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Summit County unveils plan to begin lifting stay-at-home restrictions

Health officials in Summit County say a spike in COVID-19 cases are linked to a party earlier this month. (Photo: Summit County Health Department)

SUMMIT COUNTY, Utah — Summit County unveiled its strategy for moving into the next stage of Gov. Gary Herbert’s “Utah Leads Together 2.0” plan, announcing it will begin lifting stay-at-home orders at the start of May. Beginning May 1, the county said it will begin entering the Stabilization Phase of the governor’s plan.

Under this next phase, the county will start lifting current stay-at-home orders.  Businesses and other social activities will be gradually re-implemented.

“We commend the residents of Summit County for staying home and doing a great job to protect their community,” said County Council Chair, Doug Clyde, in a statement.

“Because of everyone’s efforts, we are able to begin the transition from the ‘Urgent Phase’ of the emergency to the ‘Stabilization Phase’ which will begin to allow citizens and businesses to get back to work.”

Where Utah stands on stay-at-home restrictions

This announcement comes three days after Gov. Herbert unveiled a modified version of his original “Utah Leads Together” plan Friday. At that time, the governor announced steps the state will take to reactivate the economy.

Under the modified plan, the state will undergo three stages to address and curb the spread of the virus. They are the Urgent Phase, the Stabilization Phase, and the Recovery Phase.

Utah entered the Urgent Phase March 16, which enforced strict social distancing measures. Those included restaurants halting dine-in services, schools closing for the duration of the academic year and non-essential employees working from home. This phase was expected to last eight to 12 weeks, according to the plan documents.

Under this first phase, the governor said it was essential all Utahns participate — noting “adherence to this phase will shorten other phases and accelerate economic recovery.”

Stay-at-home restrictions helped state stay on course

Adhering to the guidelines under the Urgent Phase, Herbert issued his first “Stay Safe, Stay Home” directive March 27, with an extension lasting until May 1. However, the governor said he believes the state will be ready to begin moving into the next phase.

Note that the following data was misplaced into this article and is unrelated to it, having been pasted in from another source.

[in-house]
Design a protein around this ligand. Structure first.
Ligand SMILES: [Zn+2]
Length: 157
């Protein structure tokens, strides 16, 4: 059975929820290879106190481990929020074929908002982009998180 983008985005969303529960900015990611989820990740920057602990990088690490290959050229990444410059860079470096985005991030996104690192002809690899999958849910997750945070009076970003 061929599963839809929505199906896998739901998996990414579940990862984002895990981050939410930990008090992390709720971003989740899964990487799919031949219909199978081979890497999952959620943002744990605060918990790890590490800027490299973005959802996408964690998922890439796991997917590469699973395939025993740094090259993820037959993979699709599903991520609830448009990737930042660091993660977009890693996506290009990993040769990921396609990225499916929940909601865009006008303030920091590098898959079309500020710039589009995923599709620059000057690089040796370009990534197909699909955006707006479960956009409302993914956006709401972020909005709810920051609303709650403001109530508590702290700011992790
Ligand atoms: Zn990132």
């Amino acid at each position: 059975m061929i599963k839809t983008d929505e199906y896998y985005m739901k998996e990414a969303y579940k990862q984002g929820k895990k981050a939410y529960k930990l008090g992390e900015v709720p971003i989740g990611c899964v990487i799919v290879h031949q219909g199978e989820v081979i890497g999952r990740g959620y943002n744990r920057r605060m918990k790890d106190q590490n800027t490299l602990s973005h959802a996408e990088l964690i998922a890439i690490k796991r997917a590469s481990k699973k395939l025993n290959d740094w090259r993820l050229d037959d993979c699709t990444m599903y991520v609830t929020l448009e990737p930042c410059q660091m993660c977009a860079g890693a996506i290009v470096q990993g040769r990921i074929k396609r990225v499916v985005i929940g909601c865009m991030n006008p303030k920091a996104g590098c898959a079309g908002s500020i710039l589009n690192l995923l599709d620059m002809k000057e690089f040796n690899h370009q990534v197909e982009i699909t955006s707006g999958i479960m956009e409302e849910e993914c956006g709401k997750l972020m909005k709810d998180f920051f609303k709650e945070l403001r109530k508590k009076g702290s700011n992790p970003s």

On Friday, Herbert said the state will be moving forward into its Stabilization Phase. He said they expect to launch this next stage soon, predicting the shift will occur at the end of April or beginning of May.

Herbert said he is hopeful that by the beginning of May, Utahns can begin lifting stay-at-home restrictions and social distancing measures, continue with dine-in services, allow for elective surgeries and more. Along with this next phase, employees can begin returning to work as they stay vigilant with social distancing measures.

Summit County and the second phase

Summit County already has plans to initiate this second phase, beginning gradually reopening its county May 1. However, county officials say they’ll continue to monitor epidemiological data and test results. This will help them determine the risk levels as that date nears.

Entering this second phase, the county plans to continue sanitation practices that will allow businesses to open.  The second phase will also help the county avoid a second community-spread virus breakout.

“Governor Herbert’s plan is a good plan,” said Dr. Richard Bullough, Summit County Health Officer, in a statement. “I am pleased by how our County has performed during this pandemic. All decisions we have made in response to this virus have been data-driven and that will remain as we reactivate the economy. We have a plan for getting people back to work but the trigger points and how we adjust will be based on the data.”

The new health order will also provide new guidance on crowds and mass gatherings of up to 20 people. The hope is to increase that numberto 50 people near the end of the Stabilization Phase.